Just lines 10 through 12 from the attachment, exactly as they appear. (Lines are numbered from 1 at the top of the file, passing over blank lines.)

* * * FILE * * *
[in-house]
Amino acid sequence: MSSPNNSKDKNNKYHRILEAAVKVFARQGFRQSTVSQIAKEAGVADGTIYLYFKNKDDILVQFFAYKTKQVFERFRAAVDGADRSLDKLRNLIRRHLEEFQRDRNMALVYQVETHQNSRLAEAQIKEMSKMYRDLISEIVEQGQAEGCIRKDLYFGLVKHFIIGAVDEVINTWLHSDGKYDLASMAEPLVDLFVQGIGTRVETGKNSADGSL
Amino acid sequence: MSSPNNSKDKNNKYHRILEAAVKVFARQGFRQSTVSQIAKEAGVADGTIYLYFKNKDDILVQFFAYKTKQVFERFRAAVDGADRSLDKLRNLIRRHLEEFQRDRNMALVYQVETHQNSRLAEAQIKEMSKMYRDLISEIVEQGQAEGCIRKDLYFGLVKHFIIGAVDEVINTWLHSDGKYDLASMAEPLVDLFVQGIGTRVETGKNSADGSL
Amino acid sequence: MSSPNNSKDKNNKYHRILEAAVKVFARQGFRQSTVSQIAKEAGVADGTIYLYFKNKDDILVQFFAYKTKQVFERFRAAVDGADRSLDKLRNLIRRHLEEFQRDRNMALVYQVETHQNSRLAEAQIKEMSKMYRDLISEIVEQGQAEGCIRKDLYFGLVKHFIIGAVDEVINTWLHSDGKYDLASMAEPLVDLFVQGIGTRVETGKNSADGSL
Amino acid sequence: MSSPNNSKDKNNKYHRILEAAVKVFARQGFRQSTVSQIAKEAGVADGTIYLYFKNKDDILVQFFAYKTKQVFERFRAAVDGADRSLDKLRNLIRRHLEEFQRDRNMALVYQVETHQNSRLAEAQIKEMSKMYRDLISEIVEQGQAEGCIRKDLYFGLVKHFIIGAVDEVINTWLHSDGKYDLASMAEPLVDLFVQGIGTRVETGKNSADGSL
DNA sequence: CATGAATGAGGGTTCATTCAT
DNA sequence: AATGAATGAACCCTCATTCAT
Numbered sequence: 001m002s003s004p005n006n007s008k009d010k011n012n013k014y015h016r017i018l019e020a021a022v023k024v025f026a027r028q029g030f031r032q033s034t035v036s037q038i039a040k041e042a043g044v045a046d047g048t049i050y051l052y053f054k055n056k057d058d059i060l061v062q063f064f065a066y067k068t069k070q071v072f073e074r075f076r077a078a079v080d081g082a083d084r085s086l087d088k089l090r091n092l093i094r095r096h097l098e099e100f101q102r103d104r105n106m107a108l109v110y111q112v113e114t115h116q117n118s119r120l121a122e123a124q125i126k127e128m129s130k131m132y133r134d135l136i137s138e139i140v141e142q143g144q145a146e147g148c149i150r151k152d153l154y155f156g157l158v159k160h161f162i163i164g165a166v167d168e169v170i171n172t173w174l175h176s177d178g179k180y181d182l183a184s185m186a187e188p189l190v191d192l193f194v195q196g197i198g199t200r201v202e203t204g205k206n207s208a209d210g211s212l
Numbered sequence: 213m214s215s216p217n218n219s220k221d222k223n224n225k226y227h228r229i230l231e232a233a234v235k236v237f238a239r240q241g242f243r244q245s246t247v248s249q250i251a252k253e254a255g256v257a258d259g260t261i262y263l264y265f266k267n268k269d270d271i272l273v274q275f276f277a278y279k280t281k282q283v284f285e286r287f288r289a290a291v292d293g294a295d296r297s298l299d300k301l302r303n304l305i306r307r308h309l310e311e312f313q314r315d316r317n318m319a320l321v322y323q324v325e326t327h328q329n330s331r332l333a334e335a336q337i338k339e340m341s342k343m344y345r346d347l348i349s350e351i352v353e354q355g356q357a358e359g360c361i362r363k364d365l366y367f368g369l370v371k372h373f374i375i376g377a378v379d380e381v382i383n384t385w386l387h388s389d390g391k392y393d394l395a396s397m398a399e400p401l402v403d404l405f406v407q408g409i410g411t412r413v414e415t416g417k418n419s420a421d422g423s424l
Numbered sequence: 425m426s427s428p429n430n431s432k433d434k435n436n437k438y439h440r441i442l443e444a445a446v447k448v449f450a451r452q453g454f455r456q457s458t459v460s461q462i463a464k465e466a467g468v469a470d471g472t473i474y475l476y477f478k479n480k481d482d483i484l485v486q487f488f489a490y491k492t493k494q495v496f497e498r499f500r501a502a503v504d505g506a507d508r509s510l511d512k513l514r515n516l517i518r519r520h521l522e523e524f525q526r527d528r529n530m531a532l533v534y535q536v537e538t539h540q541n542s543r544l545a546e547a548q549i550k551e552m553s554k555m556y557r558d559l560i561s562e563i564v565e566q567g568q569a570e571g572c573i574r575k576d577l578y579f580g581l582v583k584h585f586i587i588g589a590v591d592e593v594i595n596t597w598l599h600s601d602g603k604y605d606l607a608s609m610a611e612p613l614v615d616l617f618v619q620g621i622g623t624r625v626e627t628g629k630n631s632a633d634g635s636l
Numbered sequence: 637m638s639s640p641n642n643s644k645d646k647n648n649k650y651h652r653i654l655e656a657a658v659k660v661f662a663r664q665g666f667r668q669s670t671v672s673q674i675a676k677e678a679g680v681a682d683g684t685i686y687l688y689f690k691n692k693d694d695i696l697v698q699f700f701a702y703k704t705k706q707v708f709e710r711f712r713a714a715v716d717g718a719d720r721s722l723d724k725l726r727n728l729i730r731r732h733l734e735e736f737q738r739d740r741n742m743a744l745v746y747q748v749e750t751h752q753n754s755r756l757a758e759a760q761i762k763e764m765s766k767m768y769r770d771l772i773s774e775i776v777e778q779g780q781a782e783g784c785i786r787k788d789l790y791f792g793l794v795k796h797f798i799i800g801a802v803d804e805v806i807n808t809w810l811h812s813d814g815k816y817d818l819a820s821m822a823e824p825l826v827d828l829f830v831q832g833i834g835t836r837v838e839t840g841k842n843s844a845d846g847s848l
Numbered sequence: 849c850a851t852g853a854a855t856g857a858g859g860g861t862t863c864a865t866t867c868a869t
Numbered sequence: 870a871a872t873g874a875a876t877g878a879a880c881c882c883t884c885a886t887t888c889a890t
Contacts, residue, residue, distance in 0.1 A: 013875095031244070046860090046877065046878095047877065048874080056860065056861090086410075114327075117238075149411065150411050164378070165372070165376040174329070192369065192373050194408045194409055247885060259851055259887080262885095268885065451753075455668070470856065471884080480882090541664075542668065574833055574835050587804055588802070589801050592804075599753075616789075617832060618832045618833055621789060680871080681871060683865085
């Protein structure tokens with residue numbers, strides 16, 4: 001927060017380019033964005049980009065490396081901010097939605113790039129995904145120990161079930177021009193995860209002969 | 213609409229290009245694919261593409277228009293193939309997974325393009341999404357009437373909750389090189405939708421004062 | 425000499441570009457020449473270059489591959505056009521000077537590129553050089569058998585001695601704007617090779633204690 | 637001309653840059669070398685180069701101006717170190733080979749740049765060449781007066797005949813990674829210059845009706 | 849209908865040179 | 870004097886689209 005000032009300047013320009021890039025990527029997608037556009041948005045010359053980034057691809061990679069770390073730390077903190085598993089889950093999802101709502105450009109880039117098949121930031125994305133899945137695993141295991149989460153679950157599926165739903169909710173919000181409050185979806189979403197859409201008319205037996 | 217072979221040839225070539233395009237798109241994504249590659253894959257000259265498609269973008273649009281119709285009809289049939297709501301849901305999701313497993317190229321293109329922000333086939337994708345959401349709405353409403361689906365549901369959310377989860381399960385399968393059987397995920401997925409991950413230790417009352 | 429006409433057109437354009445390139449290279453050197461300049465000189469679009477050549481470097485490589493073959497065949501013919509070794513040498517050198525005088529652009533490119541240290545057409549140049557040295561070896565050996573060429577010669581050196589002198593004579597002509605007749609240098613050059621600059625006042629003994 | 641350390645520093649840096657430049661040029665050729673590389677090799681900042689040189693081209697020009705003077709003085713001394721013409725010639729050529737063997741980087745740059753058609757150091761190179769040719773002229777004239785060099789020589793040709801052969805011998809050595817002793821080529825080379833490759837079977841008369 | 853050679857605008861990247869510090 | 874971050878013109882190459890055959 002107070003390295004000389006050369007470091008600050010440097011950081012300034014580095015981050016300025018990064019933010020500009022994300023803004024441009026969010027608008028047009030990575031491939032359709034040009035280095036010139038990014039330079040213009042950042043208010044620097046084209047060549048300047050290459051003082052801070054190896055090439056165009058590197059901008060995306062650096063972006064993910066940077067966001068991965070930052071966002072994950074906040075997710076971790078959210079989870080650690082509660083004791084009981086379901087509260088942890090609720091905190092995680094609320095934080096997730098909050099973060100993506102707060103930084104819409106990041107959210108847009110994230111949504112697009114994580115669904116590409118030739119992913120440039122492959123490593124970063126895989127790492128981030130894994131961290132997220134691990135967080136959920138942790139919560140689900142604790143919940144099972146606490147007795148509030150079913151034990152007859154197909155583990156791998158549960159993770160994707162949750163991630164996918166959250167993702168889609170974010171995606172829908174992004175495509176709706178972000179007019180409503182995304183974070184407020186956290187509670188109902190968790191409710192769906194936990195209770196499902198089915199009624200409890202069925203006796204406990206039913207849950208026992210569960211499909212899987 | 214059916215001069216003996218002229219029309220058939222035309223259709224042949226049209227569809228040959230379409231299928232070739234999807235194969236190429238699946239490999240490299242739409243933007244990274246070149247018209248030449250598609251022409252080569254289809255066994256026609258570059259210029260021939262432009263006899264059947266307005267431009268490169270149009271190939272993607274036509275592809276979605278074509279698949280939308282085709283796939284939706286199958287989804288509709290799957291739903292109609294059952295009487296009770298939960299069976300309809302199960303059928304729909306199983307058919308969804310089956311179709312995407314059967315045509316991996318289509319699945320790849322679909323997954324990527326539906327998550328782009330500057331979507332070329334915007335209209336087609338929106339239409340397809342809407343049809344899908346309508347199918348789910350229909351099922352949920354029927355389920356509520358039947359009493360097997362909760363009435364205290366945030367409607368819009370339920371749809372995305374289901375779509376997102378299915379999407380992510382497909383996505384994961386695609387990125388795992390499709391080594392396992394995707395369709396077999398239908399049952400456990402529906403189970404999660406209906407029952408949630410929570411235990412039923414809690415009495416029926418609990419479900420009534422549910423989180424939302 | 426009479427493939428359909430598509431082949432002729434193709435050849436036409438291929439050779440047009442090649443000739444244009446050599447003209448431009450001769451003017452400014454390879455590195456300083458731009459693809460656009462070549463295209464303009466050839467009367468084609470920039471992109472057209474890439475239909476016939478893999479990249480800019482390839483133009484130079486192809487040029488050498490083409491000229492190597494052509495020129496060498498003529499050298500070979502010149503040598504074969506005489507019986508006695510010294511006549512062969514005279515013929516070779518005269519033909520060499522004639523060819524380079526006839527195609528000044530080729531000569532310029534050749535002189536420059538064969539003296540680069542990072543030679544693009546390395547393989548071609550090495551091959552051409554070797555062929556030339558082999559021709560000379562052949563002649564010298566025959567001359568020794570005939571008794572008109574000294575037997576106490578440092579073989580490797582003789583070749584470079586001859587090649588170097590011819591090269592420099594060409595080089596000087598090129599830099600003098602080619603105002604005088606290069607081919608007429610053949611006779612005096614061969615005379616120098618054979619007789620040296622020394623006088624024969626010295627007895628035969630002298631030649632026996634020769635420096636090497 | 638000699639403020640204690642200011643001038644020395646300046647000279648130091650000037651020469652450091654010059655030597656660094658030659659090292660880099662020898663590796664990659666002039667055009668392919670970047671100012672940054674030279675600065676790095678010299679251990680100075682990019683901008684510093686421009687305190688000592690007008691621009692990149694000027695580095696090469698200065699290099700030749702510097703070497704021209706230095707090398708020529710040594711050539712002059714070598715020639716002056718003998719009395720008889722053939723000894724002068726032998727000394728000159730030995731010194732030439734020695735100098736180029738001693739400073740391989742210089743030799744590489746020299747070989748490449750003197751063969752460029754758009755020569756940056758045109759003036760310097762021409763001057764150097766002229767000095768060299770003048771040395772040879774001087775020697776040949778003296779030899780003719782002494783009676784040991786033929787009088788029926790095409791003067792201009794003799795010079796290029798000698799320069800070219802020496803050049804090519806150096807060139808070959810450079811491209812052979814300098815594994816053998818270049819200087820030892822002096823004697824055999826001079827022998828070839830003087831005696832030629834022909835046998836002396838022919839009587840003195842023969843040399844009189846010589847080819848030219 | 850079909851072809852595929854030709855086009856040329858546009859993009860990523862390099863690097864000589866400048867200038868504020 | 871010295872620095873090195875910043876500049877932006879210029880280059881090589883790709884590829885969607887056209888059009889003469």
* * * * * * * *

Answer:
Numbered sequence: 425m426s427s428p429n430n431s432k433d434k435n436n437k438y439h440r441i442l443e444a445a446v447k448v449f450a451r452q453g454f455r456q457s458t459v460s461q462i463a464k465e466a467g468v469a470d471g472t473i474y475l476y477f478k479n480k481d482d483i484l485v486q487f488f489a490y491k492t493k494q495v496f497e498r499f500r501a502a503v504d505g506a507d508r509s510l511d512k513l514r515n516l517i518r519r520h521l522e523e524f525q526r527d528r529n530m531a532l533v534y535q536v537e538t539h540q541n542s543r544l545a546e547a548q549i550k551e552m553s554k555m556y557r558d559l560i561s562e563i564v565e566q567g568q569a570e571g572c573i574r575k576d577l578y579f580g581l582v583k584h585f586i587i588g589a590v591d592e593v594i595n596t597w598l599h600s601d602g603k604y605d606l607a608s609m610a611e612p613l614v615d616l617f618v619q620g621i622g623t624r625v626e627t628g629k630n631s632a633d634g635s636l
Numbered sequence: 637m638s639s640p641n642n643s644k645d646k647n648n649k650y651h652r653i654l655e656a657a658v659k660v661f662a663r664q665g666f667r668q669s670t671v672s673q674i675a676k677e678a679g680v681a682d683g684t685i686y687l688y689f690k691n692k693d694d695i696l697v698q699f700f701a702y703k704t705k706q707v708f709e710r711f712r713a714a715v716d717g718a719d720r721s722l723d724k725l726r727n728l729i730r731r732h733l734e735e736f737q738r739d740r741n742m743a744l745v746y747q748v749e750t751h752q753n754s755r756l757a758e759a760q761i762k763e764m765s766k767m768y769r770d771l772i773s774e775i776v777e778q779g780q781a782e783g784c785i786r787k788d789l790y791f792g793l794v795k796h797f798i799i800g801a802v803d804e805v806i807n808t809w810l811h812s813d814g815k816y817d818l819a820s821m822a823e824p825l826v827d828l829f830v831q832g833i834g835t836r837v838e839t840g841k842n843s844a845d846g847s848l
Numbered sequence: 849c850a851t852g853a854a855t856g857a858g859g860g861t862t863c864a865t866t867c868a869t